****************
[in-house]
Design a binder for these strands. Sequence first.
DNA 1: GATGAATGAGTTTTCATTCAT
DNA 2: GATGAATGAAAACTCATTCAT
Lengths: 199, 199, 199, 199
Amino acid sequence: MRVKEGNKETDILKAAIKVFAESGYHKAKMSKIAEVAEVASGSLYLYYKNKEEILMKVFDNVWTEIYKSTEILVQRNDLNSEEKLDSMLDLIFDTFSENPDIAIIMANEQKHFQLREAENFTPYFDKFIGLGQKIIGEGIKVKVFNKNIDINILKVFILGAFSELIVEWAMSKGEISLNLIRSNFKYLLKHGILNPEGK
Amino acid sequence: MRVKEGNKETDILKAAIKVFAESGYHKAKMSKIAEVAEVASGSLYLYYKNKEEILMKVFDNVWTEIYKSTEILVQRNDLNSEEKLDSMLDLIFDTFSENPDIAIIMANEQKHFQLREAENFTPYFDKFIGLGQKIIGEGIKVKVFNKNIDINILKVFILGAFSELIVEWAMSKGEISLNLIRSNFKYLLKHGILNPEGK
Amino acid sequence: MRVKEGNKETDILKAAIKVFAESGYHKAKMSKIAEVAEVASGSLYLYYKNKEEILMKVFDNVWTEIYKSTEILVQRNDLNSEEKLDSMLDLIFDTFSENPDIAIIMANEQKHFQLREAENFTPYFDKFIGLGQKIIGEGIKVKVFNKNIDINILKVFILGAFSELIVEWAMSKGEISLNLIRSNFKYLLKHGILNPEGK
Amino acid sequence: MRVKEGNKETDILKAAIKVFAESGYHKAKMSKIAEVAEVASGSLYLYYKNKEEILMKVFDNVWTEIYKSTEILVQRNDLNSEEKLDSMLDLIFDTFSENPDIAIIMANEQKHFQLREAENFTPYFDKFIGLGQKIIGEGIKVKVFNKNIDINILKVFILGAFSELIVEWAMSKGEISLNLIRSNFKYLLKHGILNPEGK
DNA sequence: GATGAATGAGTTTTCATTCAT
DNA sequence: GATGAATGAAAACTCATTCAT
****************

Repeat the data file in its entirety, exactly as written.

[in-house]
Design a binder for these strands. Sequence first.
DNA 1: GATGAATGAGTTTTCATTCAT
DNA 2: GATGAATGAAAACTCATTCAT
Lengths: 199, 199, 199, 199
Amino acid sequence: MRVKEGNKETDILKAAIKVFAESGYHKAKMSKIAEVAEVASGSLYLYYKNKEEILMKVFDNVWTEIYKSTEILVQRNDLNSEEKLDSMLDLIFDTFSENPDIAIIMANEQKHFQLREAENFTPYFDKFIGLGQKIIGEGIKVKVFNKNIDINILKVFILGAFSELIVEWAMSKGEISLNLIRSNFKYLLKHGILNPEGK
Amino acid sequence: MRVKEGNKETDILKAAIKVFAESGYHKAKMSKIAEVAEVASGSLYLYYKNKEEILMKVFDNVWTEIYKSTEILVQRNDLNSEEKLDSMLDLIFDTFSENPDIAIIMANEQKHFQLREAENFTPYFDKFIGLGQKIIGEGIKVKVFNKNIDINILKVFILGAFSELIVEWAMSKGEISLNLIRSNFKYLLKHGILNPEGK
Amino acid sequence: MRVKEGNKETDILKAAIKVFAESGYHKAKMSKIAEVAEVASGSLYLYYKNKEEILMKVFDNVWTEIYKSTEILVQRNDLNSEEKLDSMLDLIFDTFSENPDIAIIMANEQKHFQLREAENFTPYFDKFIGLGQKIIGEGIKVKVFNKNIDINILKVFILGAFSELIVEWAMSKGEISLNLIRSNFKYLLKHGILNPEGK
Amino acid sequence: MRVKEGNKETDILKAAIKVFAESGYHKAKMSKIAEVAEVASGSLYLYYKNKEEILMKVFDNVWTEIYKSTEILVQRNDLNSEEKLDSMLDLIFDTFSENPDIAIIMANEQKHFQLREAENFTPYFDKFIGLGQKIIGEGIKVKVFNKNIDINILKVFILGAFSELIVEWAMSKGEISLNLIRSNFKYLLKHGILNPEGK
DNA sequence: GATGAATGAGTTTTCATTCAT
DNA sequence: GATGAATGAAAACTCATTCAT